Monday, June 29, 2009

Sisters, Sisters

Though the Pearl Incident is not widely remembered in US History, it had profound consequences for both the slaves involved and for the abolitionist movement. In particular, it influenced the lives of two slaves, a preacher, and one feisty authoress: Mary Edmonson, Emily Edmonson, Henry Ward Beecher, and Harriet Beecher Stowe.

The Edmonson sisters (At Left: Mary and Emily), Mary (1832-1853) and Emily (1835-1895), were 15 and 13 years old when they attempted escape aboard the Pearl with four of their brothers. Born in Maryland, Mary and Emily were both of fair complexion (a very desirable quality for female slaves), and as a consequence they had been hired out as house servants in Washington. Learning of the planned escape on the Pearl by other slaves, the Edmonson siblings decided the time was right to make their escape. As we know (see previous post), the slaves aboard the Pearl were captured and returned to the District. Their fate was to be sold, and live out a grueling life in the disease ridden swamps of the Deep South.

In Alexandria, the Bruin & Hill Company located on 1707 Duke Street, purchased the two sisters and their four brothers for $4500. Paul Edmonson, a freeman and father of the six Edmonsons aboard the Pearl, scrambled to find the money to purchase his children before they left for New Orleans. Joseph Bruin went around town boasting that he would make $1800 a piece for Mary and Emily. It became apparent that Bruin intended to sell the beautiful fair skinned sisters as mistresses or sex slaves in the popular New Orleans “fancy trade.” After all, the value of a young female slave at the time was closer to $600-800, only those in the “fancy trade” would sell for higher. Local abolitionists were appalled; they and along with Paul Edmondson worked to raise $1000 per sister. But Bruin wouldn’t sell; why accept $1000 when you could get $1800?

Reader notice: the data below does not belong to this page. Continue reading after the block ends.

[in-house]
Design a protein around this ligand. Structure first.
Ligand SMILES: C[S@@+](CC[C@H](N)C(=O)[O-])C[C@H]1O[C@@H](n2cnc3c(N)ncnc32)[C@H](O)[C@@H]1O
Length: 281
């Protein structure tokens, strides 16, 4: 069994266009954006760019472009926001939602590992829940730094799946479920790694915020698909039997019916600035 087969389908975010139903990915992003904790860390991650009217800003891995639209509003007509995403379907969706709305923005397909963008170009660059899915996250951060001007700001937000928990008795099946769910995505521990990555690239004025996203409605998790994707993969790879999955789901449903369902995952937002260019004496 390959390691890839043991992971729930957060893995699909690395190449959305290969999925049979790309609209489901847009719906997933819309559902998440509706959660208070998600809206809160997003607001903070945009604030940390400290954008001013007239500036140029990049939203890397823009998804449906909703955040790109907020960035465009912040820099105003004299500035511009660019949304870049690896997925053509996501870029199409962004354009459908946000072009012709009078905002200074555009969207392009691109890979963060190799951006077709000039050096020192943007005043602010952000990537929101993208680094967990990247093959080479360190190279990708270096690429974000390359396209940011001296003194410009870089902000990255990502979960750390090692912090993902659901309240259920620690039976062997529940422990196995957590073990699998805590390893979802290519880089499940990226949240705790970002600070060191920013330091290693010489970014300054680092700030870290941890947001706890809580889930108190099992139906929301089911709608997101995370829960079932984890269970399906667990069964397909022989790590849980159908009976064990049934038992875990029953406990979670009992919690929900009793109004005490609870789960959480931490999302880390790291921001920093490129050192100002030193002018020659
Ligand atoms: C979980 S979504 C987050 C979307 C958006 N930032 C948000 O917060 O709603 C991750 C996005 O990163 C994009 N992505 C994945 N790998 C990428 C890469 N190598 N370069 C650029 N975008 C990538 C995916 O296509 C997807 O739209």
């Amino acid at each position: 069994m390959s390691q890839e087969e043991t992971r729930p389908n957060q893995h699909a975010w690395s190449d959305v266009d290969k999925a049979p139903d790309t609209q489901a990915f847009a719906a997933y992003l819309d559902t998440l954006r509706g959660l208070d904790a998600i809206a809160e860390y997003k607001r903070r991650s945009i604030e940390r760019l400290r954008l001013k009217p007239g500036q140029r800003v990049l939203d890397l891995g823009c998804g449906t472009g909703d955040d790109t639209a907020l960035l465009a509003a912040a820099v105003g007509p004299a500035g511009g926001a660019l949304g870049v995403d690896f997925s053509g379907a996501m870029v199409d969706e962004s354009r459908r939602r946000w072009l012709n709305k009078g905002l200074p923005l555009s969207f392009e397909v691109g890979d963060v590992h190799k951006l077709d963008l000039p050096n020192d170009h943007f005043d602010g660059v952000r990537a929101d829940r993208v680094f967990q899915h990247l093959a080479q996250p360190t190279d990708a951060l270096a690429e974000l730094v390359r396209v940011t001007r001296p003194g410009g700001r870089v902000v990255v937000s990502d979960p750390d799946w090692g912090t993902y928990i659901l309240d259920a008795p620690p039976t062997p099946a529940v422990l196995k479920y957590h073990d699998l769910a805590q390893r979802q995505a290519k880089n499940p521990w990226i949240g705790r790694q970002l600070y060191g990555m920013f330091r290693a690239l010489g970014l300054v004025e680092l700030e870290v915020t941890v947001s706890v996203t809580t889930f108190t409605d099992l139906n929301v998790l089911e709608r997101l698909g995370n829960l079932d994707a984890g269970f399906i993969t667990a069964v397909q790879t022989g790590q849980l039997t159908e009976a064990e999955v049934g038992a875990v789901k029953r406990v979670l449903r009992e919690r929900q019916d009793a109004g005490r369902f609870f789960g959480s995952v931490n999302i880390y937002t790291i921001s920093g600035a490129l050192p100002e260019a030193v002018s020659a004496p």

The money wasn’t raised in time. The brig carrying the Edmonsons arrived in New Orleans on June 14, 1848. They were held at a slave pen, and forced as fancy women to stand in the front windows to attract potential buyers. The sisters were poked and prodded and subjected to lewd comments from buyers. Fortunately, their luck changed as a yellow fever epidemic broke out in New Orleans. Fearing a loss in profit from the wrath of the disease, Bruin & Hill had the sisters shipped back to Baltimore. With assurance from Bruin that he would reduce the price of Mary and Emily’s freedom to $2500, Paul Edmonson went about raising money for their release. Hearing of their plight in Brooklyn, Henry Ward Beecher and his congregation took action to raise funds as well. Beecher spoke out on the horrors of slaves sold into prostitution by “human flesh-dealers of Christian girls.” His blistering sermons had women donating jewelry and men outbidding each other to donate to the increasingly popular abolitionist cause. By November the money had been raised, and the sisters were freed.

Rejoicing in their freedom, Mary and Emily travelled to New York to join a circuit of abolitionist speakers as celebrity guests. At rallies, Beecher spoke on the need for education for African-American and appealed to the audience to donate money to educate the girls. Mary and Emily told their story to large audiences and participated in mock slave auctions in attempt to further stir sympathy from Northerners.

Where is the feisty authoress in all of this? Ms. Stowe was Henry Ward’s sister, and in being so, she was well aware of the plight of the Edmonsons. In her book, Key to Uncle Tom’s Cabin, she cited the Edmonsons and their escape on the Pearl as inspiration for Uncle Tom’s Cabin--a book some credit with sparking the Civil War. Stowe intervened in the lives of the Edmonsons and had the sisters sent to Oberlin College, the first college to accept African-Americans. Sadly, Mary died of tuberculosis not long after her arrival at Oberlin. Distraught, Emily returned to Washington to be closer to her family and continued her studies at the Normal School for Colored Girls near Dupont Circle. She remained active in the abolitionist cause.

Sources: Josephine F. Pacheco, The Pearl: A Failed Escape on the Potomac.

Mary Kay Ricks, Escape on the "Pearl".

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